A solitary honey bee and awakened soil: field notes from the garden 11.11.17

The garden issues a false sense of warmth: the ferocity of some of the icy mornings in the past week skew my perceptions as I stand here, but this damp November morning is cool indeed.

A solitary honey bee drifts purposefully into view, and inspects the pastel mauve of the vinca flower next to me.  A fleeting second is all it needs to determine that there’s nothing of interest here, and it flies off.

The garden somehow feels flatter this week.  The various organic detritus feels as if it has moved through autumn’s scattered phase, and is starting to decompose; the soil seems to have awoken, and is starting to claim what is rightfully hers to take.

The various hydrangea plants have taken on a new appearance: leaves are shedding, leaving only plumes of dainty flowers at the end of their stalks.  The effect is aesthetically pleasing, whilst simultaneously highlighting the increasing fragility of plant life in the garden.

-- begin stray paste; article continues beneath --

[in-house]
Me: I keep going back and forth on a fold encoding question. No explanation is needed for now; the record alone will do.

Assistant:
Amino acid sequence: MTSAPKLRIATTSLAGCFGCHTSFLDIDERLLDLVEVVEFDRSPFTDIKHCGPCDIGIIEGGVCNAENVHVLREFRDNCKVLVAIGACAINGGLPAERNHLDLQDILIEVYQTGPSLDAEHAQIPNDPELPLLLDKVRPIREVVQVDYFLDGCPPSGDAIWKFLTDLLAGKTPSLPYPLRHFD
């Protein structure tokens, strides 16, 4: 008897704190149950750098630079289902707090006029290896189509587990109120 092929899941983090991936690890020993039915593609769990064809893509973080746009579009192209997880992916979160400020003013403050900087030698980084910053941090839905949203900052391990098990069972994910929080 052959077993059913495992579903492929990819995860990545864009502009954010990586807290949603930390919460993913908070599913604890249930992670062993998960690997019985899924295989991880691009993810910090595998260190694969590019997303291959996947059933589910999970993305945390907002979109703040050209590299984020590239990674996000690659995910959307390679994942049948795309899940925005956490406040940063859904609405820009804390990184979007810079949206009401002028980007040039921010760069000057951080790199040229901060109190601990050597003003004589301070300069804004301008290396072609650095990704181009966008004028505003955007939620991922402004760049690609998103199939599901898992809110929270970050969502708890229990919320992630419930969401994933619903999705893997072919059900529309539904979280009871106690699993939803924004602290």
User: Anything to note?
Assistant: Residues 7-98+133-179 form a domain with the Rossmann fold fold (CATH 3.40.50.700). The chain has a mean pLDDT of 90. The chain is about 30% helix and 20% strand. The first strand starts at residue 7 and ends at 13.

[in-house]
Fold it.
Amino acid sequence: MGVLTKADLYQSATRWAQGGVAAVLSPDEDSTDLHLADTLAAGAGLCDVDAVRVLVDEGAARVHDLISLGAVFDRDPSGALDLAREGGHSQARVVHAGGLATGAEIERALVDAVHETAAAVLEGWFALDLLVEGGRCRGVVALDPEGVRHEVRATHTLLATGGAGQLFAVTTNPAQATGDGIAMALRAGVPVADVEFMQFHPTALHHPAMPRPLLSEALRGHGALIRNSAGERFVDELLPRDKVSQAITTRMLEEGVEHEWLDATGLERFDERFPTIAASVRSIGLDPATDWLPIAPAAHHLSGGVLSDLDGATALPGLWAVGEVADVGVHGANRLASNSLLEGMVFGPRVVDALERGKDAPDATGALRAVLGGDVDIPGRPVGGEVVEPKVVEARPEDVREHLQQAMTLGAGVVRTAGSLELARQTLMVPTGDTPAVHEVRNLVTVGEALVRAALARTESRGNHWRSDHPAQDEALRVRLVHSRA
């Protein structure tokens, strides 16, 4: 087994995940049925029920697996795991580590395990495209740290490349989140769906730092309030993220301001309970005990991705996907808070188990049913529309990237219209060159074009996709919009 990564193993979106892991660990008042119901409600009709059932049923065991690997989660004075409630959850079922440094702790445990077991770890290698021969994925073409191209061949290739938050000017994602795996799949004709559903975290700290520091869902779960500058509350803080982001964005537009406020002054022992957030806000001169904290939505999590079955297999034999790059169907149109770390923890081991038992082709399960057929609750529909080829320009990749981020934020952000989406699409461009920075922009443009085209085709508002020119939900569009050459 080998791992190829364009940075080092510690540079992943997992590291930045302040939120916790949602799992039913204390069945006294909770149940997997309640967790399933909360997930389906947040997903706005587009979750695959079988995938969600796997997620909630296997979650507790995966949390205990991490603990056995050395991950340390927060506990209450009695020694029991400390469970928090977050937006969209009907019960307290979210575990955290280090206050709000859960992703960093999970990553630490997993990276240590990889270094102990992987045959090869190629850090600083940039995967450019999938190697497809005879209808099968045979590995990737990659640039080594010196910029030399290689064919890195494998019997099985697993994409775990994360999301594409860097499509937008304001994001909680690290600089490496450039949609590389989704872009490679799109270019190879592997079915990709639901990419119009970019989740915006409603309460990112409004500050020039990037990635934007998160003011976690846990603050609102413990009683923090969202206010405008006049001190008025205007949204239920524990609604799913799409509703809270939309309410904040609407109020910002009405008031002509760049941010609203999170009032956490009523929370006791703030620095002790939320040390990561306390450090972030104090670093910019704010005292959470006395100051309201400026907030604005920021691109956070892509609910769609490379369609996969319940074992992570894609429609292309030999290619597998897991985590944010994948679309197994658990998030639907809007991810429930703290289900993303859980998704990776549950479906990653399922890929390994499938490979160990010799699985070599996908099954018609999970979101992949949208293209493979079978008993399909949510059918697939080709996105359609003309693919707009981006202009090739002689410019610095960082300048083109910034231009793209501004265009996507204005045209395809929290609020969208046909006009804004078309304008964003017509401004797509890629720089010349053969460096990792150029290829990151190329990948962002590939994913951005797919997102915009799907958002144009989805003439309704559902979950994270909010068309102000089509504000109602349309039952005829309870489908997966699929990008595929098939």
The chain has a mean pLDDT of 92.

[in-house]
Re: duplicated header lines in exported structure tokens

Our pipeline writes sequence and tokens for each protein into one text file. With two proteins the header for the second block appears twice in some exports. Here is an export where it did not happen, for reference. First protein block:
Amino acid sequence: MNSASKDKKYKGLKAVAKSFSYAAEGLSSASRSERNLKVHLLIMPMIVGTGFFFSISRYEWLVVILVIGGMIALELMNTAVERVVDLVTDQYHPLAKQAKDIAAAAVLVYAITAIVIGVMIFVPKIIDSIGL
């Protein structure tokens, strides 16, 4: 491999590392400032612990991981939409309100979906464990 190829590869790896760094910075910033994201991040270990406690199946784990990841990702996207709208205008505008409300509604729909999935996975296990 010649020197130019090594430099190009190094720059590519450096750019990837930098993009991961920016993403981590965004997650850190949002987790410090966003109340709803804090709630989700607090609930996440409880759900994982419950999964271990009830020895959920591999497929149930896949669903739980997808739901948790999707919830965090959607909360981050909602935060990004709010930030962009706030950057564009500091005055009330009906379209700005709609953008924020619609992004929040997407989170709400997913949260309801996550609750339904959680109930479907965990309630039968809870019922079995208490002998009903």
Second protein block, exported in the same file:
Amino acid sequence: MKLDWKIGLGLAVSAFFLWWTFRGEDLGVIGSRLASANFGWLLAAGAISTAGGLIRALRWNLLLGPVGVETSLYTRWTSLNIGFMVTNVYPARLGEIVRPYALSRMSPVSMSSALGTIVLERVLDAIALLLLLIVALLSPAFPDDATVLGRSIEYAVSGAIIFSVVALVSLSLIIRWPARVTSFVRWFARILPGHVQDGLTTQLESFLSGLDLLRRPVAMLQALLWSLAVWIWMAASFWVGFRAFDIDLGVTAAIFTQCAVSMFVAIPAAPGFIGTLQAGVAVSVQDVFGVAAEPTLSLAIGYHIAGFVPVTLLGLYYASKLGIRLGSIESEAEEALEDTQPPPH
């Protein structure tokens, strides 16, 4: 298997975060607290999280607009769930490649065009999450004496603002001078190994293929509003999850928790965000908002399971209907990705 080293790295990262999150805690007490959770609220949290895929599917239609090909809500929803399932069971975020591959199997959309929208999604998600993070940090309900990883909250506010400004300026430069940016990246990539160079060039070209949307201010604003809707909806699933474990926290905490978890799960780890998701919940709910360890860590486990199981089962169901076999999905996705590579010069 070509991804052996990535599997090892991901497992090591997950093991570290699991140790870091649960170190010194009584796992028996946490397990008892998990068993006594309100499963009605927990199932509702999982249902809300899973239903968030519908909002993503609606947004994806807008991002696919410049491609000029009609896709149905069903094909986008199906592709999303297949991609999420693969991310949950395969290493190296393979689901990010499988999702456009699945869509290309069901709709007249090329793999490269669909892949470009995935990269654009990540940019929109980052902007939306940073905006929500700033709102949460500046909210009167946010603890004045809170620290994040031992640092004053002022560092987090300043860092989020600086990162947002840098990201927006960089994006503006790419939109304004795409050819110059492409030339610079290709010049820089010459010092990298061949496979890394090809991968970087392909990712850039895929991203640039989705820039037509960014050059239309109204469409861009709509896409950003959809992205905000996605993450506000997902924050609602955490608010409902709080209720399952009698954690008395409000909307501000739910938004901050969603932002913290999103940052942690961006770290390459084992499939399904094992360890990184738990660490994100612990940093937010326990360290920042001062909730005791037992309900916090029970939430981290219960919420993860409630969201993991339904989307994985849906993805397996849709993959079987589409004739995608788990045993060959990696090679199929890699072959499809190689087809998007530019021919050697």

The stream flows with a steady brown hue today, carrying with it particles from miles away, atop the moors, where peat and fog champion these short days and long nights.

As I turn to head back indoors, the corvid caw of a solitary flow carves a path through the white sky above me, and we move in opposite directions, both off to continue respective days with a sense of industry.



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